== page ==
Today, the CAADP is as important as it was in 2003. The evidence so far indicates that success is possible. But inclusive growth as advocated under CAADP is a long-term process. It requires significant budget allocations over time, appropriate policies, and strong political leadership. Those are the pillars of the Malabo Declaration, and the key to the agricultural transformation of Africa.
AUTHOR’S PERSONAL STORY
I was born in Bushenyi district, in Western Uganda. My family had about thirty heads of cattle and a small coffee plantation. As was typical, I helped my mother to fetch water for cooking and my father to graze and water the cattle. Less typical was the fact that my parents encouraged and supported me to start school at an early age despite their meager resources. In my earlier schooling, I learned practical farming skills that I put to use on the family banana plantation. At university, I read agricultural economics, which helped me appreciate the role of agriculture in economic development. The international faculty often made reference to the role of agriculture systems in the development of their own countries. My first post focused on strengthening the capacity of cooperatives to support farmers. Later, as commissioner for planning and development in the Ministry of Agriculture in Uganda, I was responsible for the development and implementation of policies, programs and projects towards modernization of agriculture in the country. And now, as the African Union commissioner for rural economy and agriculture, I am convinced that agriculture matters.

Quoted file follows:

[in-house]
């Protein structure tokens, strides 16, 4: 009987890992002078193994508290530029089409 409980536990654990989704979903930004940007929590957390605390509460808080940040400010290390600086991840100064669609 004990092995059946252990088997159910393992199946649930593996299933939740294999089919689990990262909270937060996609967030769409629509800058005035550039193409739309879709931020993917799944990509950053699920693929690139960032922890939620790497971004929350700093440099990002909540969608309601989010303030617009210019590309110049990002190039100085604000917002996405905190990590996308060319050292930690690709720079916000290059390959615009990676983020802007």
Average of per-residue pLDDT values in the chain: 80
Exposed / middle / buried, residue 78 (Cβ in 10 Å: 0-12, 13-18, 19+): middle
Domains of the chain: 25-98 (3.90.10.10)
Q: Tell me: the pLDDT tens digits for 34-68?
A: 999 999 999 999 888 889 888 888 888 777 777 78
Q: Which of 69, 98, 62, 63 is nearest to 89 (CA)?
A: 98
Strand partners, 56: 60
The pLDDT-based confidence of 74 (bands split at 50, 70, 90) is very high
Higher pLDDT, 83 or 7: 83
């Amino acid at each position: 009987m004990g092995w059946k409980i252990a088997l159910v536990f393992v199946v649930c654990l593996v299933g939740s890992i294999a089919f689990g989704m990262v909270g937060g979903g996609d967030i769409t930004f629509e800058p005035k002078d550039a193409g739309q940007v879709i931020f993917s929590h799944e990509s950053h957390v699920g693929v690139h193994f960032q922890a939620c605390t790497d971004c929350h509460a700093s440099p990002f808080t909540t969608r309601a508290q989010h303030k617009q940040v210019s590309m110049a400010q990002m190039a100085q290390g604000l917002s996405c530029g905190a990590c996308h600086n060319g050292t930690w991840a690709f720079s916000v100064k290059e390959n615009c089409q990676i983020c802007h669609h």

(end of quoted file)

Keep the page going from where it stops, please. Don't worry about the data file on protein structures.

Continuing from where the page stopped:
Tumusiime Rhoda Peace is the Commissioner for Rural Economy and Agriculture for the African Union